The sense of disappointment many have with O'Bomber might be reflected in some of the lines from the Guess Who song "These Eyes":
These eyes watched you bring my world to an end.
This heart could not accept and pretend.
The hurtin’s on me yeah,
But I will never be free no no no.
You took the vow with me yeah.
You spoke it, you spoke it, babe.
The fact is that credit deleveraging coupled with increasing demand worldwide for dwindling resources is a force that no administration can overcome.  Influence, yes.  Overcome, no.  Poor O'Bomber will leave office as President "No Hope and Change for the Worse".


Yes, America is coming undone, or "Undun" as the Guess Who spell it.  There is an idiom that "every dog has his day", which is similar to the saying about everyone getting his "15 minutes of fame".  But for nations the time period is longer.  Some historians have noted that the average lifespan of a democracy is about 200 years, after which it is replaced with some form of autocracy.  American Independence was in 1776; add 200 years (doing the Jethro Bodin carrying of the naughts in my head) and . . .  jeez, what's that awful stench -- something is past its "best before" date.  Or, from "Undun":
It's too late
She's gone too far
She's lost the sun

She's come undun
She wanted truth but all she got was lies
Came the time to realize
And it was too late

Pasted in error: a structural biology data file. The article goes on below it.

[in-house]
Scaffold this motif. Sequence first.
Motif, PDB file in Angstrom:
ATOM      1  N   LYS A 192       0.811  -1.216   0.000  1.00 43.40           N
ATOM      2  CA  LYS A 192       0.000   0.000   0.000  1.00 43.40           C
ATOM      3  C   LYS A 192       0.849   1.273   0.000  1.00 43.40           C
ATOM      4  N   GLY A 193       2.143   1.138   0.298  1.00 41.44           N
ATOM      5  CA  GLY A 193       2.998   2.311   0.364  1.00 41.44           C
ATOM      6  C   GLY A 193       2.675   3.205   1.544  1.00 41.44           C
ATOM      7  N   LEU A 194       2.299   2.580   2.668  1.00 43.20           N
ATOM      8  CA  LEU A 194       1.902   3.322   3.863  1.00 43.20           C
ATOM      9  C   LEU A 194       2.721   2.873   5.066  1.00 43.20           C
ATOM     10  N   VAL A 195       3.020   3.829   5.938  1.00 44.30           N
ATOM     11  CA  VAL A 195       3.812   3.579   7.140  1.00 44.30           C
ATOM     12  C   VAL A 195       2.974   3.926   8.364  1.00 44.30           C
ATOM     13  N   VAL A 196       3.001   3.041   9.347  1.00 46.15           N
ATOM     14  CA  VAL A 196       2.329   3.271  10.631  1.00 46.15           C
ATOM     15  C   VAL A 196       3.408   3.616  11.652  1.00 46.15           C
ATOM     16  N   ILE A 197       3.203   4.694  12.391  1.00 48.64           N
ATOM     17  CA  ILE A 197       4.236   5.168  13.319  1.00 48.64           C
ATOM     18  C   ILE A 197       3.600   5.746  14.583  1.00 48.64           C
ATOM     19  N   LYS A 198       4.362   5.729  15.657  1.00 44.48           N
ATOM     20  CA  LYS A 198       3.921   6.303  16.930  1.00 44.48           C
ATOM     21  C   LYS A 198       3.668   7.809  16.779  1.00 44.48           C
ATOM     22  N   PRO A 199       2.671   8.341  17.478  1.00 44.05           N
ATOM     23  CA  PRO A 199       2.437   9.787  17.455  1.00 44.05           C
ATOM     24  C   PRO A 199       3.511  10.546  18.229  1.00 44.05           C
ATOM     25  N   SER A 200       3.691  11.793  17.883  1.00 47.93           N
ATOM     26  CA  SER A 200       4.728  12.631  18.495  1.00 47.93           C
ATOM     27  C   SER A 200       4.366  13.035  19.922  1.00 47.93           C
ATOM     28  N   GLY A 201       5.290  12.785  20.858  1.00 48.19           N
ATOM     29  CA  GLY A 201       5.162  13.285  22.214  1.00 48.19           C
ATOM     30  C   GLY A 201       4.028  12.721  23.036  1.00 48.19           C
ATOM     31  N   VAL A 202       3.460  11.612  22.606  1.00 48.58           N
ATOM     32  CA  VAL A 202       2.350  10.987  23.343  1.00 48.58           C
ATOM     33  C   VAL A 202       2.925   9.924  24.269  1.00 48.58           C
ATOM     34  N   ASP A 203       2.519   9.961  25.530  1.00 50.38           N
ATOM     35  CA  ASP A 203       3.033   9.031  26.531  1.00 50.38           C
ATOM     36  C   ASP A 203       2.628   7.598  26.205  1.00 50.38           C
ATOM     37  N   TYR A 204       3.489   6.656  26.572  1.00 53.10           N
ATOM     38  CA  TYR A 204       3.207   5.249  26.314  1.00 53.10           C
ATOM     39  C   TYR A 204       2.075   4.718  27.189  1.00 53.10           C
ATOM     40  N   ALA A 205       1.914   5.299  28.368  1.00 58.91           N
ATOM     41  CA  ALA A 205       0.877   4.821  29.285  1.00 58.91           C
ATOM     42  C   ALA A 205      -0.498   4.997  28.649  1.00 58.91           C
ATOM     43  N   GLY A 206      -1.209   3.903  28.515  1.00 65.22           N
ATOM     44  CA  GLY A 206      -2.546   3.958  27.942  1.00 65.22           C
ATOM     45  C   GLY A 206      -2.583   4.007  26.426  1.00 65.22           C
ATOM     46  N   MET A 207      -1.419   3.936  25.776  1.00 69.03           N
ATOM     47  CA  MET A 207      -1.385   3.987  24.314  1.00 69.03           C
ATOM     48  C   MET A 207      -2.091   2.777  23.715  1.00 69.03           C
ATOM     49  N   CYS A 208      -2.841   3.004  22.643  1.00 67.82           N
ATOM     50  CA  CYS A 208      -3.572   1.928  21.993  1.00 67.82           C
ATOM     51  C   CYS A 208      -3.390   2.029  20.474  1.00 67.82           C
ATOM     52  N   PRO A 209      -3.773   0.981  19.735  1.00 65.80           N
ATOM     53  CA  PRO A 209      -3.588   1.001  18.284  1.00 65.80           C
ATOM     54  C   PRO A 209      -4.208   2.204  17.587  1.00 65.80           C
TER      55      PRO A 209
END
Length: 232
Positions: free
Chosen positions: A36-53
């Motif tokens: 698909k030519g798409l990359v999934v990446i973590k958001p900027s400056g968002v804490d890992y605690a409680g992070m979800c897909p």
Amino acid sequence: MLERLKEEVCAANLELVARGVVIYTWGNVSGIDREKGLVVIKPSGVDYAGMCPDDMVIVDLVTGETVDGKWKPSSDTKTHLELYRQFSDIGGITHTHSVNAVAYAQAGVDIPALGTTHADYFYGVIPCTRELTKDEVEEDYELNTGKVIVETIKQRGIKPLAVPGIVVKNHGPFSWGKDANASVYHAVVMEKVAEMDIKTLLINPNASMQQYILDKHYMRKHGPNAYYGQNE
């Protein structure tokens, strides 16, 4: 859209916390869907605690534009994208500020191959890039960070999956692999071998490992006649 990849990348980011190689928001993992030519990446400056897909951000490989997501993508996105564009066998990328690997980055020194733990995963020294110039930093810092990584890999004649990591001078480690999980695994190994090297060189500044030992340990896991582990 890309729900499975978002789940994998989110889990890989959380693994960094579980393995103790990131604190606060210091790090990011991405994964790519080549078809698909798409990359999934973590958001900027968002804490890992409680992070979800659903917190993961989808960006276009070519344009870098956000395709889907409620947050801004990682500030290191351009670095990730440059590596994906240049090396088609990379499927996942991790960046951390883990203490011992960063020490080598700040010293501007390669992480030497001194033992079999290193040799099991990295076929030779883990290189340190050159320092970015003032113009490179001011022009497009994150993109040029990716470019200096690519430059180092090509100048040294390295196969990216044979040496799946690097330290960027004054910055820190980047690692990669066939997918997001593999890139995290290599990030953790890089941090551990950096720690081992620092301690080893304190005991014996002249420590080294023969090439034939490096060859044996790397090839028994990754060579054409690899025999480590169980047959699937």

I find it both humorous and perplexing that American Democrats and Conservatives are having a major problem coming up with anything near a one percent cut in their deficit spending.  They can't cut because that will result in a slowdown in government spending which translates into a drop in GDP.  But they can't continue increasing debt indefinitely because they system will collapse suddenly if they don't contain spending.  


Americans think they have a problem.  They don't.  They have a dilemma.  Problems have solutions; dilemmas have only a choice of bad options.  In most dilemmas, the options become more painful as time goes on, and that is the case in America. 
Infrastructure is aging and maintenance has been neglected.  Every year the civil engineers give a lower grade to the state of repair of bridges, roads and dams.  Expect increased failures of all in the future.  

Americans and Canadians have a  transportation system that is heavily dependent on automobiles rather than public transportation systems that most of the rest of the world have invested in.  As energy costs rise cars become a very expensive transportation medium relative to public systems so this is a competitive disadvantage.


Everyone who has studied ecology understands that any given parcel of land and/or water has a carrying capacity of a certain variety and number of plants and animals.  Animal numbers grow from low numbers where they have more than enough food, to high numbers where there is insufficient food (overshoot).  Then the population crashes back to low numbers again due to starvation, competition, or disease.  Humans are subject to the same rules.  The lack of any national energy policy in America or Canada means that we are in for some big negative outcomes, as cheap and plentiful energy supplies give way to more expensive and less plentiful sources.